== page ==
…as long as WE are the ones who define success for ourselves. Otherwise 99.9% of the world’s population would fall well short.
Seems obvious, right? For example, if you take money as a measure of success, for every billionaire (~2,600 as of 2019) there are nearly 3,000,000 people who are just ‘getting by’. So for the vast majority of us, the chances of being a big success [in monetary terms] are very slim.
The same applies for any other success factor where you are comparing yourself to the world’s best, there is very little room at the top.
In April 1975, Gary Dahl had an idea. A genius idea as it turned out, particularly when you consider that he made roughly $28 million dollars (adjusted for inflation) from something that was, to all intents and purposes, completely useless.
The Pet Rock was just that, a rock. No paint, no googly eyes, nothing, just a rock taken from Rosarito Beach, packaged up and sold for $20 each.
He sold 1.5 million of them.
According to the Tinterwebs, to ‘recommend’ means to; put forward (someone or something) with approval as being suitable for a particular purpose or role.
So you might argue that this is exactly why you hire a consultant in the first place. In some professions I would absolutely agree. A doctor [for example] would not just recommend that you quit smoking, they would – and should – bloody-well insist. However, everyone on the planet already knows that smoking is stupid, so they are doing so with full knowledge of the possible consequences.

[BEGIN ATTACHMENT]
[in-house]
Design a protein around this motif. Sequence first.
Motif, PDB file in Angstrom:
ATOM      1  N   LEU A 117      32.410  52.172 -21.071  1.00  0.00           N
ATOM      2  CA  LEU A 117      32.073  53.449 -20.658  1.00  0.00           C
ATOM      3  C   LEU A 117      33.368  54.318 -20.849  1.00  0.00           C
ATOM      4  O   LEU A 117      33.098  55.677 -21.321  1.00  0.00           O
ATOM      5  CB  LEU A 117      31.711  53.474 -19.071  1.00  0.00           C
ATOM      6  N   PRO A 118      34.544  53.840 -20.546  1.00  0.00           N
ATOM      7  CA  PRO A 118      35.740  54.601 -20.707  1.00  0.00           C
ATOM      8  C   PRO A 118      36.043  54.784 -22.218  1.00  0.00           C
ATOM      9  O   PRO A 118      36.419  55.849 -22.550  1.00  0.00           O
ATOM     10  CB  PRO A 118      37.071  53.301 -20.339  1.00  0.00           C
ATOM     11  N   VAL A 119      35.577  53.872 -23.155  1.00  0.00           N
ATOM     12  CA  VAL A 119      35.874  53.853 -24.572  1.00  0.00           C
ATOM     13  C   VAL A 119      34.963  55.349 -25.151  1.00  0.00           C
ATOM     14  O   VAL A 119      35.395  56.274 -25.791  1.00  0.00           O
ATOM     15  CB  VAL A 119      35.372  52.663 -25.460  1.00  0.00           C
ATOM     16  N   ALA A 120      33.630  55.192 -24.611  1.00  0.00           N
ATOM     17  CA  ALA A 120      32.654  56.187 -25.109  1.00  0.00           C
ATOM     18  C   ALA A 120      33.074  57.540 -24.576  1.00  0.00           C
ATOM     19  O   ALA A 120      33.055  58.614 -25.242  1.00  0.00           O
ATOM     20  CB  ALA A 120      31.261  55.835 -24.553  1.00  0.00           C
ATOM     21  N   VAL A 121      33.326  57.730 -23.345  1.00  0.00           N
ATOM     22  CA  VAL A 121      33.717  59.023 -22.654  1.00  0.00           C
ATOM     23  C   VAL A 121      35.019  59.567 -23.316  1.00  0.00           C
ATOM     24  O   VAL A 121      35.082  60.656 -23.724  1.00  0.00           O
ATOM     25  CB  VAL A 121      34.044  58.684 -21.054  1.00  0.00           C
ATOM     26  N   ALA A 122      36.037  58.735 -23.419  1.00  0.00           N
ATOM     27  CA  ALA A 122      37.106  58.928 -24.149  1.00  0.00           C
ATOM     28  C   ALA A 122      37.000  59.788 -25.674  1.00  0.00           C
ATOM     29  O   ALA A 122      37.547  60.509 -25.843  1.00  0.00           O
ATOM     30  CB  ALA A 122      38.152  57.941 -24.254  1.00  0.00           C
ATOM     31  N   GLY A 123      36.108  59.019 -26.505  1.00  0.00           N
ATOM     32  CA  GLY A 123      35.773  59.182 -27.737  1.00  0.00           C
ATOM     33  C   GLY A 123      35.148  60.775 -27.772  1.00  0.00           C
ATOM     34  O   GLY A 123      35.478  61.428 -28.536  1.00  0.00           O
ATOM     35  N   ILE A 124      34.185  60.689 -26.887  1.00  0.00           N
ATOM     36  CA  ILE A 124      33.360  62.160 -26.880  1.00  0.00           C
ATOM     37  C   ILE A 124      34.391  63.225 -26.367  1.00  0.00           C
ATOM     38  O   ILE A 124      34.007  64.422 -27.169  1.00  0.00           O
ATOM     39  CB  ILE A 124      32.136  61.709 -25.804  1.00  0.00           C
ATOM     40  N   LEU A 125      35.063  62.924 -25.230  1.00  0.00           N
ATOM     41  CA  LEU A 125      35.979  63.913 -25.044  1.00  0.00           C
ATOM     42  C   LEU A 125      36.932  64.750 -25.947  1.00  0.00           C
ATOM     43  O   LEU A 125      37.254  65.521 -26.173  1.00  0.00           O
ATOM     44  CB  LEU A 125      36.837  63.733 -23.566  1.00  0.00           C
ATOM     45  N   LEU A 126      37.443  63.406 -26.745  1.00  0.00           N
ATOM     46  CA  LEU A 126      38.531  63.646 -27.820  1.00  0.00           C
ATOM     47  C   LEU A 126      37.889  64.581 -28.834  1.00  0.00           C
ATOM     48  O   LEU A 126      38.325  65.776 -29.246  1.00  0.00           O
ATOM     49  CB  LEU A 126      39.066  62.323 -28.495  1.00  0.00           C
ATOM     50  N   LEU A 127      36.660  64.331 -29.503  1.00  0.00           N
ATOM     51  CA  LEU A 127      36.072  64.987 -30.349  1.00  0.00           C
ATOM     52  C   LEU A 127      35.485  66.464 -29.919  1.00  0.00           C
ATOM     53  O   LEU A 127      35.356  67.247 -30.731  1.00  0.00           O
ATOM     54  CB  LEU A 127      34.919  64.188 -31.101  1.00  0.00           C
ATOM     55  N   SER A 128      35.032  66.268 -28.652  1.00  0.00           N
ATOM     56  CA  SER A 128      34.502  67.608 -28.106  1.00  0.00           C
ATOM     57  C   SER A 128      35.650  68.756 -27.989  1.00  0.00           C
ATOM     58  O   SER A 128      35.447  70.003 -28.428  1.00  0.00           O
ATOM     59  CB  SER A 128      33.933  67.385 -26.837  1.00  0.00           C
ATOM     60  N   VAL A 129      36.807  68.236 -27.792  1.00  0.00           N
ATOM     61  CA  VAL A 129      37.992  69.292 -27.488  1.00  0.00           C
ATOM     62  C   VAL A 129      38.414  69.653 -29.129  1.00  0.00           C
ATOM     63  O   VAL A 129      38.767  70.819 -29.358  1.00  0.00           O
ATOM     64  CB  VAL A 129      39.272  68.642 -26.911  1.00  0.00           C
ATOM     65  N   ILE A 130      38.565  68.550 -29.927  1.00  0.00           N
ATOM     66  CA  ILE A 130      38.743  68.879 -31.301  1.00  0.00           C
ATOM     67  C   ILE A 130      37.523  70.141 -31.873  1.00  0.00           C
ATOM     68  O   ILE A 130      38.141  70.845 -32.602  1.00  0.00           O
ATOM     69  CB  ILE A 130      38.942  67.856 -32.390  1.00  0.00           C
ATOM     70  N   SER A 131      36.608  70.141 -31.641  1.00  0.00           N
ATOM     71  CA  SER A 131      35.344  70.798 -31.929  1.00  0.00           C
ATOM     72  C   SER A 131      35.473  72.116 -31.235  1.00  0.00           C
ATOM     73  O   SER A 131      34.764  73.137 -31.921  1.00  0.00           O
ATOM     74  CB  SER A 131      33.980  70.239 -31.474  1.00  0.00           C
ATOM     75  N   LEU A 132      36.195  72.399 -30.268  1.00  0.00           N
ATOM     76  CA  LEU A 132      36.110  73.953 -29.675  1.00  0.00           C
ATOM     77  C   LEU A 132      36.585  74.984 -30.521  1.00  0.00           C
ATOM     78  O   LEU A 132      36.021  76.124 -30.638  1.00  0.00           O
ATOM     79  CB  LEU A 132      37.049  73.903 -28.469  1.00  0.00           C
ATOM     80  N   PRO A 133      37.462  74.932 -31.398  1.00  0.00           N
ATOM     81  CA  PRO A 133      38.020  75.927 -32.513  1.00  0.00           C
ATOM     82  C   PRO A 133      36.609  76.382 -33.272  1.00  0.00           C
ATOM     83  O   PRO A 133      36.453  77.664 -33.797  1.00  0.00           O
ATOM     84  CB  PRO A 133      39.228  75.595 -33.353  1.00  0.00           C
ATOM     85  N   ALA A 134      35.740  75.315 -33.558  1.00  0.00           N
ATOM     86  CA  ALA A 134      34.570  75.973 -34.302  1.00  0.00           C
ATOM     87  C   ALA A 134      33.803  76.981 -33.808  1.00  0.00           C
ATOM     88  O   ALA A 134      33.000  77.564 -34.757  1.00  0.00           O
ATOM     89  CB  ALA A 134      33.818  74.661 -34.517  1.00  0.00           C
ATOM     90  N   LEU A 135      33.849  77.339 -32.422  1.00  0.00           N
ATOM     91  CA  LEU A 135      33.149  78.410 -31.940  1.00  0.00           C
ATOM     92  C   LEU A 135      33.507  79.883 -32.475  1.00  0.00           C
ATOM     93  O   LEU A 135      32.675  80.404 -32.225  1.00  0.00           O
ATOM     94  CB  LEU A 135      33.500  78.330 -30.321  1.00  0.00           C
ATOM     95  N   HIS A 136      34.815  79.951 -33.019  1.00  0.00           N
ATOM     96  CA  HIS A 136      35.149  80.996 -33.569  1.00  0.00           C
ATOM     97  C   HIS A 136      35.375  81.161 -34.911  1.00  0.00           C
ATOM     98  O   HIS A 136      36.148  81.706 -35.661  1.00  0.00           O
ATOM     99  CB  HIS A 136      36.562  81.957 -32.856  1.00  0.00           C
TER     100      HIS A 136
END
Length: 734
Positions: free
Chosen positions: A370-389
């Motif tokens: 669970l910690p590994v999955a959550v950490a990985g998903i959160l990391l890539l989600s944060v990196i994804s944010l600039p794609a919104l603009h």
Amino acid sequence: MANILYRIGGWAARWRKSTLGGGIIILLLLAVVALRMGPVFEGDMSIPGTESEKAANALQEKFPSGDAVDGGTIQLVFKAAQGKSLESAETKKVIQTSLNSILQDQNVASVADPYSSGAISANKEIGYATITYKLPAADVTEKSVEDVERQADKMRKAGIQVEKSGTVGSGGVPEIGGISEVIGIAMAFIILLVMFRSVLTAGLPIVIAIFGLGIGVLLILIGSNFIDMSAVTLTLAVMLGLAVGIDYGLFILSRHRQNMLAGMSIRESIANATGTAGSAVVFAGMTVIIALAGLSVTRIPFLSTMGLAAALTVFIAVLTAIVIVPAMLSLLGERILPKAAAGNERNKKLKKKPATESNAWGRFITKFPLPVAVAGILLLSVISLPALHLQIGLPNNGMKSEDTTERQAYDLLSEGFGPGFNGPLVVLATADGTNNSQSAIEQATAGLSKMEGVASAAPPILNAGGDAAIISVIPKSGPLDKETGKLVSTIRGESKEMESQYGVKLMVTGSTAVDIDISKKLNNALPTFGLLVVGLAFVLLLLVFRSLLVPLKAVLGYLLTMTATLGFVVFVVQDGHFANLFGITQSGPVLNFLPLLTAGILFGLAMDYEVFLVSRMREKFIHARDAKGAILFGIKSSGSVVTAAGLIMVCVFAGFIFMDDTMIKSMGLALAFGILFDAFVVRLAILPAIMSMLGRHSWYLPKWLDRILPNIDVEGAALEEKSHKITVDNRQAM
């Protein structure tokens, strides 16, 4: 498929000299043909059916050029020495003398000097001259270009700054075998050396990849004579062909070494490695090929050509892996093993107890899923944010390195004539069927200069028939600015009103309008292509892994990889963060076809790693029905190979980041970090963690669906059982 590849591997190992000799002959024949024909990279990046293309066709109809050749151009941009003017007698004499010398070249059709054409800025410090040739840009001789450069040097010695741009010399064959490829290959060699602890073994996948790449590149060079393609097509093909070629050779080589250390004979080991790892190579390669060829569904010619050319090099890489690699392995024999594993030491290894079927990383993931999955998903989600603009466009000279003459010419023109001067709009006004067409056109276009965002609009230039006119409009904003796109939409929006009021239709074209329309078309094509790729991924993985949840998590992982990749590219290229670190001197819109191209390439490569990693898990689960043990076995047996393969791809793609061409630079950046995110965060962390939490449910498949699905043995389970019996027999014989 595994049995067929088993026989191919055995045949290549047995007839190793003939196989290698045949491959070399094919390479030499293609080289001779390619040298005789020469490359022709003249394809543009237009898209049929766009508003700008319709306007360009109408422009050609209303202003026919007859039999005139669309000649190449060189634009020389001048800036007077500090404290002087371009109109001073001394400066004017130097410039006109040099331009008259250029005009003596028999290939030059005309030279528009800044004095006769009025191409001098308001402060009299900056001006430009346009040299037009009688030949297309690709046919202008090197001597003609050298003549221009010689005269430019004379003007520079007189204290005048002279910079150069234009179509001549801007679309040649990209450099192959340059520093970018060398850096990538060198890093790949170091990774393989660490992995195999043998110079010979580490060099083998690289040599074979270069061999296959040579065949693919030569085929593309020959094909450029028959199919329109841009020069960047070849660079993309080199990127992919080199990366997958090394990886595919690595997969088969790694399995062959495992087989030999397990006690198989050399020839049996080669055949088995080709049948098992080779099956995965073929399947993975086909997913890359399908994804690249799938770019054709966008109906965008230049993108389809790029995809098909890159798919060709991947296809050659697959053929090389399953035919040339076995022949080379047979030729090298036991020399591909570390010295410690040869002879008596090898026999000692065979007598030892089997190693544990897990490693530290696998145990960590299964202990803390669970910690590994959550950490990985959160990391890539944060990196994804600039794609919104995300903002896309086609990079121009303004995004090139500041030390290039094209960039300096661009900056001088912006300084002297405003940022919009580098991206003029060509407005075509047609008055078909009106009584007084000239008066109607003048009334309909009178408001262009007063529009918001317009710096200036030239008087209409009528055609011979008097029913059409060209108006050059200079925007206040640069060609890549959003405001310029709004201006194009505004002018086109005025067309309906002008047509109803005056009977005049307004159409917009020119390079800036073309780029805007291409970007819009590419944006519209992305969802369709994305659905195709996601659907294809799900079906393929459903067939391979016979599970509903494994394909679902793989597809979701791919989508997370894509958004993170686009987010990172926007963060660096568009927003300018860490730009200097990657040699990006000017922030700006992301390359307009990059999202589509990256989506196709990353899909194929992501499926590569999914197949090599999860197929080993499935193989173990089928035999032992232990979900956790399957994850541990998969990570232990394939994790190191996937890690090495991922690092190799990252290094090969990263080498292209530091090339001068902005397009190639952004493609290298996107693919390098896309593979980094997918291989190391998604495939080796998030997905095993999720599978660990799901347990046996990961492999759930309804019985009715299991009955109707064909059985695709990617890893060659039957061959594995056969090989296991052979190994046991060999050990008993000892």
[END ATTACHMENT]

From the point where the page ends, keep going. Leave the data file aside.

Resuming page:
In 2016 I predicted that:
- Identity Management will begin to replace single-factor authentication;
- Identity Management will be decentralised onto consumer mobile devices;
- HOW you pay will become increasingly irrelevant;
- Value-Add Services and Customer Service will be the only differentiator;
- Loyalty Programs will begin to centralis;
Even 3 years later only 1 of these things is becoming [slightly] true (#1).
In 2017 I predicted that:
In late 2020, the PCI DSS v4.0 will be released. And in what promises to be an even more significant change than that from 2.0 to 3.0 (released in Nov. ’13), there is, rather unsurprisingly, a great deal of interest in its contents.
So what’s in it?
I’ll be honest, I can’t tell you, or more to the point, I’m not ALLOWED to tell you as the draft version is currently in ‘Request for Comment’ (RFC) status. Yes I have read it, not only that, I have mapped it line-by-line to v3.2.1 and analysed the differences in detail. I have even written a brief on what I consider the impact of those changes will be, but it will have to remain unread until the moratorium is lifted.